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Editorial | Deserving recognition for Butch Hendrickson

Published:Thursday | October 6, 2016 | 12:00 AM

Because it's a private company, we are not privy to the accounts of Continental Baking Company, which produces the National brand of breads and other baked products. But the way that Gary 'Butch' Hendrickson gives away money in 'good cause' donations, we can only assume that Continental is a healthy and profitable business.

Indeed, for the way that he modernised and expanded this segment of the family business, since it was ceded to him two decades ago, Mr Hendrickson would well deserve induction into the Private Sector Organisation of Jamaica's Hall of Fame, which happens formally at a banquet on October 26. Indeed, Continental has the lion's share of Jamaica's market for breads and buns and other domestically manufactured baked products.

But then there is Mr Hendrickson's philanthropy, like the J$150-million, state-of-the art early-childhood school he and another celebrated businessman, Cari-Med's Glen Christian, financed in the inner-city community of Union Gardens in southwestern St Andrew.

"Hands down, the Union Gardens project is the most exciting one I have done," Mr Hendrickson told this newspaper earlier this year. "I think it will change the way children will go to school."

Well - if he says so. Of what there is no doubt is Gary Hendrickson's passion for education, especially at the early-childhood level, and how deeply he pushes his hand in his pocket - via his National Baking Company Foundation - in support of the sector.

He is, for example, a major funder of Crayons Count. This project provides learning material to basic schools, those generally under-resourced, community-based early childhood education institutions where the bulk of the Jamaican children get their start. Further, Crayons Count logos are painted on many of National's delivery vans, giving project visibility and promotion to the cause.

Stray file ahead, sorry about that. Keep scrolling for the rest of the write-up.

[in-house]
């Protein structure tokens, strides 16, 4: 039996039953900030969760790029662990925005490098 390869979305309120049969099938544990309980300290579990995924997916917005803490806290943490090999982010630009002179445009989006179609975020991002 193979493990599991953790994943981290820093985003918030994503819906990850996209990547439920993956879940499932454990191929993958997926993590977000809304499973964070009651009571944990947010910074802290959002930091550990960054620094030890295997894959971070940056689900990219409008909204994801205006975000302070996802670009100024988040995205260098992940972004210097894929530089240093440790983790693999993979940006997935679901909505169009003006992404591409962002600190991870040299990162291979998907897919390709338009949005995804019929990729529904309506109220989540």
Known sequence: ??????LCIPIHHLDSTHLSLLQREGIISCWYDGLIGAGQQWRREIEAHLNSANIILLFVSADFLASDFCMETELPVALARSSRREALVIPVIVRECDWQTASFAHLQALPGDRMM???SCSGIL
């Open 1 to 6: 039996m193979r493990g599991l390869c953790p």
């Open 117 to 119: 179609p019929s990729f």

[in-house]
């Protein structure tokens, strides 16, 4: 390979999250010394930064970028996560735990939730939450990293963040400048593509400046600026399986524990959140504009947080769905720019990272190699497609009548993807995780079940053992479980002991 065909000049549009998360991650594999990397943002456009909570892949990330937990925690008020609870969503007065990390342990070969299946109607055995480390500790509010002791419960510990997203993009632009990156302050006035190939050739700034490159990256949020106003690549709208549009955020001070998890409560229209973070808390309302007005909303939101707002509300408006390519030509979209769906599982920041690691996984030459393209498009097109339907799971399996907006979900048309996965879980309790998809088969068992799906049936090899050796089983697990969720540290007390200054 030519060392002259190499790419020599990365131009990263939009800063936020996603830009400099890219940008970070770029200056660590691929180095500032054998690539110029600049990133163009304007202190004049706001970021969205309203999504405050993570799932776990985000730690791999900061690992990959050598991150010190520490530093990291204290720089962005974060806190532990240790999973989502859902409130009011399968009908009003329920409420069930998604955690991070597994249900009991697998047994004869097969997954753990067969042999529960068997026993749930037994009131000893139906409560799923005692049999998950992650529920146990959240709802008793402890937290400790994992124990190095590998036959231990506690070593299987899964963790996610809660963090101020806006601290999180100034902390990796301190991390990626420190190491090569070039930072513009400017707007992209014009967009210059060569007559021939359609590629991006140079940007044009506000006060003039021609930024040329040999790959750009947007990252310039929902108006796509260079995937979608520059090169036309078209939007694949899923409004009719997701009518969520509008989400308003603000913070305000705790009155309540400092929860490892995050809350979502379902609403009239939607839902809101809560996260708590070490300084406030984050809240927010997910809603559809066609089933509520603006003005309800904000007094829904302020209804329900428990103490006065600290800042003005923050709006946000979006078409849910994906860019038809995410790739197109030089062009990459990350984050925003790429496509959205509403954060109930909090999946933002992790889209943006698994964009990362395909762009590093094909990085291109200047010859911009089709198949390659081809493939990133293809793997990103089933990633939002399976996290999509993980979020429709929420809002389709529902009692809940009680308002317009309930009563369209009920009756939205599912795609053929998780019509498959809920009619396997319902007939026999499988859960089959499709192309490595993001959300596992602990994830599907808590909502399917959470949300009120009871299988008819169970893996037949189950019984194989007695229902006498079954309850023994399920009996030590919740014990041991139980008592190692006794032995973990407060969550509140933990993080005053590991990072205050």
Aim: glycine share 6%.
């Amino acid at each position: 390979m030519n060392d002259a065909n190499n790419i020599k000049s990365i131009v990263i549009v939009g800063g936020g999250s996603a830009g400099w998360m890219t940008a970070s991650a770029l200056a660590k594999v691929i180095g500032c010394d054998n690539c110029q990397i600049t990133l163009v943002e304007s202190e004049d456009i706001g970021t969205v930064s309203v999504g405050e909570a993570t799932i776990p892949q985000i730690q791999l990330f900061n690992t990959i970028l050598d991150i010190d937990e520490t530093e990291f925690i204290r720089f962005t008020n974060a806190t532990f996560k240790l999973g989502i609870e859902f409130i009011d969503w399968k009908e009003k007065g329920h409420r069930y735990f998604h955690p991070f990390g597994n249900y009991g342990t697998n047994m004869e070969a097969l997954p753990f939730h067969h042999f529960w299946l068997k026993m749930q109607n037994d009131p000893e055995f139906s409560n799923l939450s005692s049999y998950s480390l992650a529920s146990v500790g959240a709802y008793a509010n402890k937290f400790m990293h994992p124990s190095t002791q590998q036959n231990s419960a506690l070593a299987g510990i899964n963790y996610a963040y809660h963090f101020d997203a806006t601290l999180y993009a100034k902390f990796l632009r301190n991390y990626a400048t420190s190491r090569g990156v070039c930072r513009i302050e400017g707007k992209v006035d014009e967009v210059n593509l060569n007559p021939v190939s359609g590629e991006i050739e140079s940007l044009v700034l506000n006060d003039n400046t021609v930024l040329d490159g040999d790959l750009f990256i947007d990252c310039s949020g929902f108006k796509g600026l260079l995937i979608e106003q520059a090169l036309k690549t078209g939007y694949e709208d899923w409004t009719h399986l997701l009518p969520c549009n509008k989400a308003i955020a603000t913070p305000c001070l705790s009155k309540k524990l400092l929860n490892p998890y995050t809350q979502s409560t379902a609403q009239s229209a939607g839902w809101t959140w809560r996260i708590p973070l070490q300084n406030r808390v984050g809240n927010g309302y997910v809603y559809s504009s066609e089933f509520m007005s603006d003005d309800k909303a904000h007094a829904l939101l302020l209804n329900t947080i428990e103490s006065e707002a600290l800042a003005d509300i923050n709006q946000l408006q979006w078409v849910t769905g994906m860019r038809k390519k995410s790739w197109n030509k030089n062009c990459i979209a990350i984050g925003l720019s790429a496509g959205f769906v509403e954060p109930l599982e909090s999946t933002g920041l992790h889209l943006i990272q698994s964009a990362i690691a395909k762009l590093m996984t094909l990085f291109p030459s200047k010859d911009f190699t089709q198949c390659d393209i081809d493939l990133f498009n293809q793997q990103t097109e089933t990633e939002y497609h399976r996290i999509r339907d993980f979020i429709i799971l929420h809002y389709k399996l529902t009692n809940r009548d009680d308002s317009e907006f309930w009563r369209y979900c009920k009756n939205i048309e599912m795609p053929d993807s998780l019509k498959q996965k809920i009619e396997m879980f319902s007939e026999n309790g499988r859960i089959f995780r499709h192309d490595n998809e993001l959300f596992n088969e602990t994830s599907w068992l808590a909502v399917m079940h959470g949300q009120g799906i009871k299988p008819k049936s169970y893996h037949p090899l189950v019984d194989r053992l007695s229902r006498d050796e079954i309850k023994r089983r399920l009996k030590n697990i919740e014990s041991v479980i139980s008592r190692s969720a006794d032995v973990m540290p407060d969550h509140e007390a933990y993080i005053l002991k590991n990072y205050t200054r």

"Frankly, if I could rid Jamaica of one social ill, it would be illiteracy," said Hendrickson in that January Gleaner interview. "In fact, if I were to go into full-time voluntary service, early-childhood development would be it, because it is the most effective. I don't believe in a situation where you have to fix a problem down the road; I would rather avoid that by having a good base to begin with. Helping children to get a really good start means a world of difference to me."

Yet, while early-childhood education is at the centre of Mr Hendrickson's charitable giving, it's not his only focus. Organsiations such as Mustard Seed Communities, Missionaries of the Poor, St Patrick's Foundation, Talk Up Yout!, and Bustamante Hospital for Children know, too, of and benefit from his generosity.

What, though, may be unique about Butch Hendrickson is that he has been able to fashion corporate philanthropy into something of a business model that benefits other firms, without obvious returns immediately to his company.

The norm in the business world is for little firms to fear big ones - the big company running roughshod over the little guy. However, for several years, Mr Hendrickson and his company have operated a project called The Bold Ones, in which start-up, or small companies that could not otherwise afford to participate in the Jamaica Manufacturers' Association/Jamaica Exporters' Association biennial trade expo have their costs met by Continental Baking. Their products, too, are often promoted on the National trucks.

This is a project, indeed, Mr Hendrickson's entire business, that is worthy of a case study in business schools in the Caribbean and elsewhere. For it ought to earn in a place in any business hall of fame.